Michigan State University
College of Engineering
428 S. Shaw Lane
[email protected]
East Lansing, MI 48824-1226
Accessibility Statement

Neural prostheses are microelectrode arrays that record or stimulate the electrical activity of nearby neurons following implantation in the brain. In a lab setting, these devices are used to understand the role of neural activity in a variety of neuroscience research applications. In the clinic, they can be used to restore sensory and motor function for patients suffering from the debilitating effects of neurological injury and disease. For either application, stable, sustained electrical communication between the implanted electrode surface and a large sample of local neurons is desired. However, poor integration of the device with the surrounding neural tissue remains a significant unsolved problem that limits the long-term function of neural prostheses.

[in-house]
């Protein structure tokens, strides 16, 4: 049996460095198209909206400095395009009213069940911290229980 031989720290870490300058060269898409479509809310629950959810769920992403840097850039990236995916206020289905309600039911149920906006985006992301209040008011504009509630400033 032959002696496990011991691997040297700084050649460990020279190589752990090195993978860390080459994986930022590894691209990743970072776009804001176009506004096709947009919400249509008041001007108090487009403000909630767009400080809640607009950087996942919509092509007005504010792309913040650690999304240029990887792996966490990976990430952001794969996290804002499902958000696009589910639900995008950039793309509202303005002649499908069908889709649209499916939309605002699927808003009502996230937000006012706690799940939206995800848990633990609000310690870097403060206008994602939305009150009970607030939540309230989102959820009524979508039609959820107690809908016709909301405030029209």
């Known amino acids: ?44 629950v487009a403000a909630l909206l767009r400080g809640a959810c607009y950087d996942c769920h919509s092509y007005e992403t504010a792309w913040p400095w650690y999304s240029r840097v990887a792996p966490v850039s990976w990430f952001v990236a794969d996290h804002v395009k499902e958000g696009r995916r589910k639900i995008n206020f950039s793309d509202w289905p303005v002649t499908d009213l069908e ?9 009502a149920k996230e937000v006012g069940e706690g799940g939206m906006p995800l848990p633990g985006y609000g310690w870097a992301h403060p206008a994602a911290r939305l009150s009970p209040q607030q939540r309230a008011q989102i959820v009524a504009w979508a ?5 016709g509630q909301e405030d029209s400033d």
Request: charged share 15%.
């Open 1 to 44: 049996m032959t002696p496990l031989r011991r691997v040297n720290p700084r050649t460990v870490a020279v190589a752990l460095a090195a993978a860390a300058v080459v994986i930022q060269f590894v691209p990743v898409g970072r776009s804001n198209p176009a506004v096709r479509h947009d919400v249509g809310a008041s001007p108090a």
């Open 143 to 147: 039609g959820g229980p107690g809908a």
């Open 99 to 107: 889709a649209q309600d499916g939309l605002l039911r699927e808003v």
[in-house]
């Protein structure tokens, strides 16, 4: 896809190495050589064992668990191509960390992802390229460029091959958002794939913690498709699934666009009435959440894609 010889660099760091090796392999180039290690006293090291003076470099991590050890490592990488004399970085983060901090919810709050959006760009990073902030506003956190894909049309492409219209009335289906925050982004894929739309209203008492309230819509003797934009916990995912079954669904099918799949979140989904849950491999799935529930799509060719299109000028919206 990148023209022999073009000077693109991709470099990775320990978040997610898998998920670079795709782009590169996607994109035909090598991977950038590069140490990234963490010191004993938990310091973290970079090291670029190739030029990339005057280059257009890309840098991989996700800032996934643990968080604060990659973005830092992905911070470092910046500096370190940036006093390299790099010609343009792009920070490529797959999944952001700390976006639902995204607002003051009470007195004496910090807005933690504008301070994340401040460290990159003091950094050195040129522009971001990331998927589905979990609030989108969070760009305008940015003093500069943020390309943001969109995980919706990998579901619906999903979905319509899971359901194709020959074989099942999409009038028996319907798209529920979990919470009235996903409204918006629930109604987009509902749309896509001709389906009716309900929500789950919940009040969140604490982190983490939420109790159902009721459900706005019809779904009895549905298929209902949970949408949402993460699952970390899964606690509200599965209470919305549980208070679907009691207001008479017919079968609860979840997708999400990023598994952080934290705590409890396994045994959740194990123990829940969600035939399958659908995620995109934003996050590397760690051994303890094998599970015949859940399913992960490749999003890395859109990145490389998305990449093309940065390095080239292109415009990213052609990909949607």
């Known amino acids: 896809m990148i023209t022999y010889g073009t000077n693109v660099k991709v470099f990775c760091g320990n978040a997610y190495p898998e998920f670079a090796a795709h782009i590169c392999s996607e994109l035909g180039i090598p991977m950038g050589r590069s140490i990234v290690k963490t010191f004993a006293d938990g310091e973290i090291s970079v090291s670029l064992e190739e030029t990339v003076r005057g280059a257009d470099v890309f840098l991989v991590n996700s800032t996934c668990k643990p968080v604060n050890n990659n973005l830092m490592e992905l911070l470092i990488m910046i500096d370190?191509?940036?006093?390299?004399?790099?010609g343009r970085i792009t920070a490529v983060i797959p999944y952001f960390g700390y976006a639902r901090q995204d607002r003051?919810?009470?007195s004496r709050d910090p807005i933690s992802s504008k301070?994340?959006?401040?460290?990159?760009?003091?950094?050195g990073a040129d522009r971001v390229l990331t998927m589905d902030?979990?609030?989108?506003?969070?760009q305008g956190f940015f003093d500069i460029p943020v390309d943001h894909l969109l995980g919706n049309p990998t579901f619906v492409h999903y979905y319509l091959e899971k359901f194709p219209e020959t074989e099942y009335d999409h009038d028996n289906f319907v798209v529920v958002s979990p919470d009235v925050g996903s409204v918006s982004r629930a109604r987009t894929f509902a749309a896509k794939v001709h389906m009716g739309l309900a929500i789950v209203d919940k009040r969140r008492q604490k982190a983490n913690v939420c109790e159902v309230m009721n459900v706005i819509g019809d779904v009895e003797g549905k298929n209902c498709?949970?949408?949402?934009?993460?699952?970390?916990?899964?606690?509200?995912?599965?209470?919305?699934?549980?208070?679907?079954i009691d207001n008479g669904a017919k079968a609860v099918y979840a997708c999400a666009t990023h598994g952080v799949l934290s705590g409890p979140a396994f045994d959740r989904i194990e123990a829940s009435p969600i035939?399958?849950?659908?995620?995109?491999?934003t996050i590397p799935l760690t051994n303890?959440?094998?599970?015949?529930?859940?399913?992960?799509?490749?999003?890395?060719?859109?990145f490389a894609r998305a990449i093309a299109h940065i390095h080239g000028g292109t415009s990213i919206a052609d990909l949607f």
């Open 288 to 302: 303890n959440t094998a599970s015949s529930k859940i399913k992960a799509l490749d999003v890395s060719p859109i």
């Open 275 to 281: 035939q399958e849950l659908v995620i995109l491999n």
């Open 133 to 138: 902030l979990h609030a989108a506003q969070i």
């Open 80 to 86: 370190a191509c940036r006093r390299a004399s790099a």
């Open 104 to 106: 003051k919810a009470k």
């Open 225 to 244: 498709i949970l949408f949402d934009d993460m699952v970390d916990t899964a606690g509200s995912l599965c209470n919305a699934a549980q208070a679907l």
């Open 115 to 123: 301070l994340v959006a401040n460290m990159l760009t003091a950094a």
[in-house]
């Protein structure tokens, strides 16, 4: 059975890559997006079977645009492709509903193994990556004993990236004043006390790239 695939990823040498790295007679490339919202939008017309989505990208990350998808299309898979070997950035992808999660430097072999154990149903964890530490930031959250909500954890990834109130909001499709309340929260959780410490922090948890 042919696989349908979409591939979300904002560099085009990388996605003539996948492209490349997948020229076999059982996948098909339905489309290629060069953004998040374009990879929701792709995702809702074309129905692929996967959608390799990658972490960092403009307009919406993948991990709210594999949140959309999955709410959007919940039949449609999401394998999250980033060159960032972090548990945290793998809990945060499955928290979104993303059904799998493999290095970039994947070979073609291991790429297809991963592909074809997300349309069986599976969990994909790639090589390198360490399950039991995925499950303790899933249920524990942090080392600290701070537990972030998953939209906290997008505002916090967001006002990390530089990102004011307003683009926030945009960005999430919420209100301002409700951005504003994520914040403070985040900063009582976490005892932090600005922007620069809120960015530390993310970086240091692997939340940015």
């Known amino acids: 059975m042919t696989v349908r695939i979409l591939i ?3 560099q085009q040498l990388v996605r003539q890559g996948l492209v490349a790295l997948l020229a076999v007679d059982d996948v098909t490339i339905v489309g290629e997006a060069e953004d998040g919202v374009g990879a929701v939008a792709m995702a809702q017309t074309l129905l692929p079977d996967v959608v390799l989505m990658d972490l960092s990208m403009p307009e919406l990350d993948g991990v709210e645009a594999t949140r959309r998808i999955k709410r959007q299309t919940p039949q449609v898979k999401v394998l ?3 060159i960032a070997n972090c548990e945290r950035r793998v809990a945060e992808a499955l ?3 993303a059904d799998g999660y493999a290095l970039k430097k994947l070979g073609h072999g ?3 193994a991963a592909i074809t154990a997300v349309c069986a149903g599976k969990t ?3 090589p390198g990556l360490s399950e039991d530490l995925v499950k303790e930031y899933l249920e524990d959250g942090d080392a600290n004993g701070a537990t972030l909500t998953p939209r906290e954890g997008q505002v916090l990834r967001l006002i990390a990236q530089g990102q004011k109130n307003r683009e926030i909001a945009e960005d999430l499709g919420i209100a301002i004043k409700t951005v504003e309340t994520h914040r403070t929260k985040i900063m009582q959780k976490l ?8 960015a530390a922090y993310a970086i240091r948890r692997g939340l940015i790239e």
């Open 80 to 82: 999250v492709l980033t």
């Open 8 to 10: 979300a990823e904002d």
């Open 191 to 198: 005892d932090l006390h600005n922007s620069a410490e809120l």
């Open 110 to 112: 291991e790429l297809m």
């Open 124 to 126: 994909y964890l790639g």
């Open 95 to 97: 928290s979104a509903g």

Our research goals are to characterize the integration of implanted electrodes with the neural tissue they record or stimulate and develop approaches to improve the long-term fidelity and patency of the interface. Our approaches include a combination of regenerative scaffolding, optogenetics, histology and electrophysiology. Current projects include: (1) characterizing and modulating the intrinsic biophysical properties of neurons at the implanted electrode interface over time, and (2) developing optogenetic approaches to induce proneural gene expression for regeneration, and (3) modifying cellular identity surrounding devices using reprogramming techniques. Using such approaches, it may be possible to tune the response properties and prescribe the network architecture of neurons at the neural prosthesis interface, improving the function of both recording and stimulating devices.